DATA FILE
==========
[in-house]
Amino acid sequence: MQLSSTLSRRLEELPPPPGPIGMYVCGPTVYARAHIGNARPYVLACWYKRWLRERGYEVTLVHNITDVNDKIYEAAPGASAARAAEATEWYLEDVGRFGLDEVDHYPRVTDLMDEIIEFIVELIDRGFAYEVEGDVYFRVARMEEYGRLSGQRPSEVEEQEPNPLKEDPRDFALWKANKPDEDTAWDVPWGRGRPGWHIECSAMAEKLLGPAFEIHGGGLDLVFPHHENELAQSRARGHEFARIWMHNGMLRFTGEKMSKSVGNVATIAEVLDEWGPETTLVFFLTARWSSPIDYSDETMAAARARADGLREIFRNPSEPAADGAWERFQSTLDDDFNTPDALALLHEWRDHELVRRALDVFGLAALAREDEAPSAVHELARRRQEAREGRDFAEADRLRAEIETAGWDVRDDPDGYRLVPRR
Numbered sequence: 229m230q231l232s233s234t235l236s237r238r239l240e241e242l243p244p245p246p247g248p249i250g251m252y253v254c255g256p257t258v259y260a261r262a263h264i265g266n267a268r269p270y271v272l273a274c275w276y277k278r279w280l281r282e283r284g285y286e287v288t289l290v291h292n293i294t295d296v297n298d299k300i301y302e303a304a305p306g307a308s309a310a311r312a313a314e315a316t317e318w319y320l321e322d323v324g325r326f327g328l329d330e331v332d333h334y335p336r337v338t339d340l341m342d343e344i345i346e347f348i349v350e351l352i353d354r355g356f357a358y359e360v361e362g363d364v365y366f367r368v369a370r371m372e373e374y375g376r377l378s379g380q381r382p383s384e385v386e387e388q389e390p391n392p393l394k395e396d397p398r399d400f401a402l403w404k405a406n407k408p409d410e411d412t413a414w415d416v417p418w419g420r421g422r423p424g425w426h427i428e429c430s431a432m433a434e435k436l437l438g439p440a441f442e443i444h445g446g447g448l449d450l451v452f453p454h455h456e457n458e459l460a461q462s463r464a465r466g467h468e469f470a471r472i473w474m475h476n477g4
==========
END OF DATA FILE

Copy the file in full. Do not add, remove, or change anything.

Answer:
[in-house]
Amino acid sequence: MQLSSTLSRRLEELPPPPGPIGMYVCGPTVYARAHIGNARPYVLACWYKRWLRERGYEVTLVHNITDVNDKIYEAAPGASAARAAEATEWYLEDVGRFGLDEVDHYPRVTDLMDEIIEFIVELIDRGFAYEVEGDVYFRVARMEEYGRLSGQRPSEVEEQEPNPLKEDPRDFALWKANKPDEDTAWDVPWGRGRPGWHIECSAMAEKLLGPAFEIHGGGLDLVFPHHENELAQSRARGHEFARIWMHNGMLRFTGEKMSKSVGNVATIAEVLDEWGPETTLVFFLTARWSSPIDYSDETMAAARARADGLREIFRNPSEPAADGAWERFQSTLDDDFNTPDALALLHEWRDHELVRRALDVFGLAALAREDEAPSAVHELARRRQEAREGRDFAEADRLRAEIETAGWDVRDDPDGYRLVPRR
Numbered sequence: 229m230q231l232s233s234t235l236s237r238r239l240e241e242l243p244p245p246p247g248p249i250g251m252y253v254c255g256p257t258v259y260a261r262a263h264i265g266n267a268r269p270y271v272l273a274c275w276y277k278r279w280l281r282e283r284g285y286e287v288t289l290v291h292n293i294t295d296v297n298d299k300i301y302e303a304a305p306g307a308s309a310a311r312a313a314e315a316t317e318w319y320l321e322d323v324g325r326f327g328l329d330e331v332d333h334y335p336r337v338t339d340l341m342d343e344i345i346e347f348i349v350e351l352i353d354r355g356f357a358y359e360v361e362g363d364v365y366f367r368v369a370r371m372e373e374y375g376r377l378s379g380q381r382p383s384e385v386e387e388q389e390p391n392p393l394k395e396d397p398r399d400f401a402l403w404k405a406n407k408p409d410e411d412t413a414w415d416v417p418w419g420r421g422r423p424g425w426h427i428e429c430s431a432m433a434e435k436l437l438g439p440a441f442e443i444h445g446g447g448l449d450l451v452f453p454h455h456e457n458e459l460a461q462s463r464a465r466g467h468e469f470a471r472i473w474m475h476n477g4